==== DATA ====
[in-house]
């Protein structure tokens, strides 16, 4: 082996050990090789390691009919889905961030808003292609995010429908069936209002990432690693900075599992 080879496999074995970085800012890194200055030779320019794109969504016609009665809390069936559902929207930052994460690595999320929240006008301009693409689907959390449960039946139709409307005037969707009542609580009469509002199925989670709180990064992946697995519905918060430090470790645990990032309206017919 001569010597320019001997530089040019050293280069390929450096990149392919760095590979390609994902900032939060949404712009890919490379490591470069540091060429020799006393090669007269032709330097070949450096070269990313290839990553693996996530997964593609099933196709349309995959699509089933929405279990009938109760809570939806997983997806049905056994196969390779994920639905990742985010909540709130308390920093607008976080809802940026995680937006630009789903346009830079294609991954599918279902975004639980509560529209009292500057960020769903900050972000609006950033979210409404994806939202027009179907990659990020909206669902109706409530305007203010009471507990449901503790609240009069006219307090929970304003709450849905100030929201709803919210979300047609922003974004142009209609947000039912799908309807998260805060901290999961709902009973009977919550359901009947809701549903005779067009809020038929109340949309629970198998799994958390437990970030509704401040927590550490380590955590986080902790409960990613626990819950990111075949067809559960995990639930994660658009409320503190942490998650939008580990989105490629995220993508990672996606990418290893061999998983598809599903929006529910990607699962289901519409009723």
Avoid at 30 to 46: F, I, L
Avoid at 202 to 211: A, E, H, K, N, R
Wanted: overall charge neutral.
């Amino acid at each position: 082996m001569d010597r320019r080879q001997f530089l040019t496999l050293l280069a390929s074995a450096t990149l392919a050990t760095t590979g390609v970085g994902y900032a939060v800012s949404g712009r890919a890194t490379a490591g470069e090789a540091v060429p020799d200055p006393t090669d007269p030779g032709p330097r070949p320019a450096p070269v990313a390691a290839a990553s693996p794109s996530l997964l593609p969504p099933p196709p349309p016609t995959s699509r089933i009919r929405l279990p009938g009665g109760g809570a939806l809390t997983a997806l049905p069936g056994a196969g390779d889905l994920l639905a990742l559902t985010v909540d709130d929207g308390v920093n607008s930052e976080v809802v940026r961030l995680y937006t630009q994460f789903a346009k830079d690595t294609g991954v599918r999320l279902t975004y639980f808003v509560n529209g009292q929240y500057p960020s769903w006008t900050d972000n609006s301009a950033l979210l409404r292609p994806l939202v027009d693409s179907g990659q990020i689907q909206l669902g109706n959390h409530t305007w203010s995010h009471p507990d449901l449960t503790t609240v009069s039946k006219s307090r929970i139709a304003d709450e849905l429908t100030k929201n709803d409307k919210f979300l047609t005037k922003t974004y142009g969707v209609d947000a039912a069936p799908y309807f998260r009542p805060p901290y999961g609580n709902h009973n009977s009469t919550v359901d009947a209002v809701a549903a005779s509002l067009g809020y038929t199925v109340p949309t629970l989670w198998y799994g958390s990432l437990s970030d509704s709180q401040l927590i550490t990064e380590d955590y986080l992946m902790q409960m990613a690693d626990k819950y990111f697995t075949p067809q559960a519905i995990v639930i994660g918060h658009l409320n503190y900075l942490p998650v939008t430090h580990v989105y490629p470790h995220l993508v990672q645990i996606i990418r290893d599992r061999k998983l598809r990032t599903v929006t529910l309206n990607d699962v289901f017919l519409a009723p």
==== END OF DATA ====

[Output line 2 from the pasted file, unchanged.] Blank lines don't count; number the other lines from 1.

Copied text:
């Protein structure tokens, strides 16, 4: 082996050990090789390691009919889905961030808003292609995010429908069936209002990432690693900075599992 080879496999074995970085800012890194200055030779320019794109969504016609009665809390069936559902929207930052994460690595999320929240006008301009693409689907959390449960039946139709409307005037969707009542609580009469509002199925989670709180990064992946697995519905918060430090470790645990990032309206017919 001569010597320019001997530089040019050293280069390929450096990149392919760095590979390609994902900032939060949404712009890919490379490591470069540091060429020799006393090669007269032709330097070949450096070269990313290839990553693996996530997964593609099933196709349309995959699509089933929405279990009938109760809570939806997983997806049905056994196969390779994920639905990742985010909540709130308390920093607008976080809802940026995680937006630009789903346009830079294609991954599918279902975004639980509560529209009292500057960020769903900050972000609006950033979210409404994806939202027009179907990659990020909206669902109706409530305007203010009471507990449901503790609240009069006219307090929970304003709450849905100030929201709803919210979300047609922003974004142009209609947000039912799908309807998260805060901290999961709902009973009977919550359901009947809701549903005779067009809020038929109340949309629970198998799994958390437990970030509704401040927590550490380590955590986080902790409960990613626990819950990111075949067809559960995990639930994660658009409320503190942490998650939008580990989105490629995220993508990672996606990418290893061999998983598809599903929006529910990607699962289901519409009723």